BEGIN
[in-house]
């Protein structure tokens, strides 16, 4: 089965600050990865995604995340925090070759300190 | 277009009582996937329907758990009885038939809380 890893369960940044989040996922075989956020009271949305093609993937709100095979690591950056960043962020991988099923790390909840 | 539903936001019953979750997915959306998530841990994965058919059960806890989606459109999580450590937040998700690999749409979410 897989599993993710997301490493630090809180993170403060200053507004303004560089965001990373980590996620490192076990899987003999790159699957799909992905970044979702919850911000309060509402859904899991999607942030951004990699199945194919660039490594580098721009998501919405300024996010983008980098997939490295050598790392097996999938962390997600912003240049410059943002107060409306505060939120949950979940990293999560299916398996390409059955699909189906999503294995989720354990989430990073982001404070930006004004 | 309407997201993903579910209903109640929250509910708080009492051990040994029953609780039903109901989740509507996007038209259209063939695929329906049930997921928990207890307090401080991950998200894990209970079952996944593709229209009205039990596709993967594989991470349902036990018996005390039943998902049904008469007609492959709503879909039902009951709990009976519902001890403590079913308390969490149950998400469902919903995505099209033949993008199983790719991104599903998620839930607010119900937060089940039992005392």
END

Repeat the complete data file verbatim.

[in-house]
């Protein structure tokens, strides 16, 4: 089965600050990865995604995340925090070759300190 | 277009009582996937329907758990009885038939809380 890893369960940044989040996922075989956020009271949305093609993937709100095979690591950056960043962020991988099923790390909840 | 539903936001019953979750997915959306998530841990994965058919059960806890989606459109999580450590937040998700690999749409979410 897989599993993710997301490493630090809180993170403060200053507004303004560089965001990373980590996620490192076990899987003999790159699957799909992905970044979702919850911000309060509402859904899991999607942030951004990699199945194919660039490594580098721009998501919405300024996010983008980098997939490295050598790392097996999938962390997600912003240049410059943002107060409306505060939120949950979940990293999560299916398996390409059955699909189906999503294995989720354990989430990073982001404070930006004004 | 309407997201993903579910209903109640929250509910708080009492051990040994029953609780039903109901989740509507996007038209259209063939695929329906049930997921928990207890307090401080991950998200894990209970079952996944593709229209009205039990596709993967594989991470349902036990018996005390039943998902049904008469007609492959709503879909039902009951709990009976519902001890403590079913308390969490149950998400469902919903995505099209033949993008199983790719991104599903998620839930607010119900937060089940039992005392």